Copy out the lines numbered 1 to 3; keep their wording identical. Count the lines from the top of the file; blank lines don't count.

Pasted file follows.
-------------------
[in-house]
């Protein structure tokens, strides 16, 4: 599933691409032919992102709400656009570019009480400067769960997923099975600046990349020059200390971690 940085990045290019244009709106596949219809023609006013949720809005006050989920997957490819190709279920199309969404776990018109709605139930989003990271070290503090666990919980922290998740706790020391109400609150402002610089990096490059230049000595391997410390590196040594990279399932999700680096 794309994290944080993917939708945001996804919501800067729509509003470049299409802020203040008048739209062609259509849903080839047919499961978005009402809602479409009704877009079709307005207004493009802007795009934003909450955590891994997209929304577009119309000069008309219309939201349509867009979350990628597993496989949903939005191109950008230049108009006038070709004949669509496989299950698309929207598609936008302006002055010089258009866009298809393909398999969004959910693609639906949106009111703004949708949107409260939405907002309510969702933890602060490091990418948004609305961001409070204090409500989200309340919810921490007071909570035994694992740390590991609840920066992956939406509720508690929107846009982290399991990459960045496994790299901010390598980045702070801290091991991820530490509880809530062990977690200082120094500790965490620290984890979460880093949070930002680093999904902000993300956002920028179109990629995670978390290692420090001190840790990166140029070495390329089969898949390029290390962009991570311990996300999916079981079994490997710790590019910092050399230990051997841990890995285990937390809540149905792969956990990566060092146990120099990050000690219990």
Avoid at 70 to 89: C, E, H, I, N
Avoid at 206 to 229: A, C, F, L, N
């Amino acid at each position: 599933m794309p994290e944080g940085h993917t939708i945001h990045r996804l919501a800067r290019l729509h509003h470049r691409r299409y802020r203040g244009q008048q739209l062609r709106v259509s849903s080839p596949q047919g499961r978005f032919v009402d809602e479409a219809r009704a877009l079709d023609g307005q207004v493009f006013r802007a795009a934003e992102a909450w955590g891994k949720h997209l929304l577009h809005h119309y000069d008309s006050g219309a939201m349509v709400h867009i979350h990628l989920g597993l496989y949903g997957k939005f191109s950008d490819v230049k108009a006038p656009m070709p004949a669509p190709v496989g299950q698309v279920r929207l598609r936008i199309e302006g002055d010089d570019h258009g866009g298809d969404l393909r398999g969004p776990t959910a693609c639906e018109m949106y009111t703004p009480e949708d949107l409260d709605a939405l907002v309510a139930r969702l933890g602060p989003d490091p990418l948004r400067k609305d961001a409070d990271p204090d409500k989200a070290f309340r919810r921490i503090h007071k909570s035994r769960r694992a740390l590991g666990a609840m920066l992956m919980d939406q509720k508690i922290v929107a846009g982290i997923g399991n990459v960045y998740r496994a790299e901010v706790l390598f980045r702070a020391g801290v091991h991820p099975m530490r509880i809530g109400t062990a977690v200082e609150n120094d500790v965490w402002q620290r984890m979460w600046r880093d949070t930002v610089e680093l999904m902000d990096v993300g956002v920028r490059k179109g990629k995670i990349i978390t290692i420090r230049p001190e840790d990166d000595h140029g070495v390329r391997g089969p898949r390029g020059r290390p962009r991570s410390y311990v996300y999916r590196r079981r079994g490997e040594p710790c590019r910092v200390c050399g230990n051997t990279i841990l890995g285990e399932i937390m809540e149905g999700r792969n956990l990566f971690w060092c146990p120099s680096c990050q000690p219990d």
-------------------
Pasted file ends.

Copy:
[in-house]
């Protein structure tokens, strides 16, 4: 599933691409032919992102709400656009570019009480400067769960997923099975600046990349020059200390971690 940085990045290019244009709106596949219809023609006013949720809005006050989920997957490819190709279920199309969404776990018109709605139930989003990271070290503090666990919980922290998740706790020391109400609150402002610089990096490059230049000595391997410390590196040594990279399932999700680096 794309994290944080993917939708945001996804919501800067729509509003470049299409802020203040008048739209062609259509849903080839047919499961978005009402809602479409009704877009079709307005207004493009802007795009934003909450955590891994997209929304577009119309000069008309219309939201349509867009979350990628597993496989949903939005191109950008230049108009006038070709004949669509496989299950698309929207598609936008302006002055010089258009866009298809393909398999969004959910693609639906949106009111703004949708949107409260939405907002309510969702933890602060490091990418948004609305961001409070204090409500989200309340919810921490007071909570035994694992740390590991609840920066992956939406509720508690929107846009982290399991990459960045496994790299901010390598980045702070801290091991991820530490509880809530062990977690200082120094500790965490620290984890979460880093949070930002680093999904902000993300956002920028179109990629995670978390290692420090001190840790990166140029070495390329089969898949390029290390962009991570311990996300999916079981079994490997710790590019910092050399230990051997841990890995285990937390809540149905792969956990990566060092146990120099990050000690219990």
Avoid at 70 to 89: C, E, H, I, N